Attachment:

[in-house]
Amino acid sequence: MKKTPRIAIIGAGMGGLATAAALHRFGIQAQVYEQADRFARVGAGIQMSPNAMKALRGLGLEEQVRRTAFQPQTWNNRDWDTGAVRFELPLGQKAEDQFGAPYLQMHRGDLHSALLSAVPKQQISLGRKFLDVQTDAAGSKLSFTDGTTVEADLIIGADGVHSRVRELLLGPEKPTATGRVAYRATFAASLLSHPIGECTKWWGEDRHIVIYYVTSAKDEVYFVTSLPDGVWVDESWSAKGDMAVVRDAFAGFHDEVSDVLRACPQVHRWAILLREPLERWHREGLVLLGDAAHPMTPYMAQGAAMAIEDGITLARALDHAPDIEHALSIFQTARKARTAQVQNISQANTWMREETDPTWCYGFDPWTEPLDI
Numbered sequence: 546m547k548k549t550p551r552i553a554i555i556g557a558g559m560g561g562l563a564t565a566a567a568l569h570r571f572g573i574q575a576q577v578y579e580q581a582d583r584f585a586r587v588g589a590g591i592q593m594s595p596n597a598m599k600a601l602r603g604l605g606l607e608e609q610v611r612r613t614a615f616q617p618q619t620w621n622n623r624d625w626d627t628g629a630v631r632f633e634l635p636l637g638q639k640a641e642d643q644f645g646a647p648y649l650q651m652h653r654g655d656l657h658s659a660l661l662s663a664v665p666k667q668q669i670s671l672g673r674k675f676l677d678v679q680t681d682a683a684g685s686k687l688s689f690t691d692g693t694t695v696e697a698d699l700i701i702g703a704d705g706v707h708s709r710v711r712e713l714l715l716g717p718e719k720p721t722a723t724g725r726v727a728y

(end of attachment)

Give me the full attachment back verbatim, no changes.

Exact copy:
[in-house]
Amino acid sequence: MKKTPRIAIIGAGMGGLATAAALHRFGIQAQVYEQADRFARVGAGIQMSPNAMKALRGLGLEEQVRRTAFQPQTWNNRDWDTGAVRFELPLGQKAEDQFGAPYLQMHRGDLHSALLSAVPKQQISLGRKFLDVQTDAAGSKLSFTDGTTVEADLIIGADGVHSRVRELLLGPEKPTATGRVAYRATFAASLLSHPIGECTKWWGEDRHIVIYYVTSAKDEVYFVTSLPDGVWVDESWSAKGDMAVVRDAFAGFHDEVSDVLRACPQVHRWAILLREPLERWHREGLVLLGDAAHPMTPYMAQGAAMAIEDGITLARALDHAPDIEHALSIFQTARKARTAQVQNISQANTWMREETDPTWCYGFDPWTEPLDI
Numbered sequence: 546m547k548k549t550p551r552i553a554i555i556g557a558g559m560g561g562l563a564t565a566a567a568l569h570r571f572g573i574q575a576q577v578y579e580q581a582d583r584f585a586r587v588g589a590g591i592q593m594s595p596n597a598m599k600a601l602r603g604l605g606l607e608e609q610v611r612r613t614a615f616q617p618q619t620w621n622n623r624d625w626d627t628g629a630v631r632f633e634l635p636l637g638q639k640a641e642d643q644f645g646a647p648y649l650q651m652h653r654g655d656l657h658s659a660l661l662s663a664v665p666k667q668q669i670s671l672g673r674k675f676l677d678v679q680t681d682a683a684g685s686k687l688s689f690t691d692g693t694t695v696e697a698d699l700i701i702g703a704d705g706v707h708s709r710v711r712e713l714l715l716g717p718e719k720p721t722a723t724g725r726v727a728y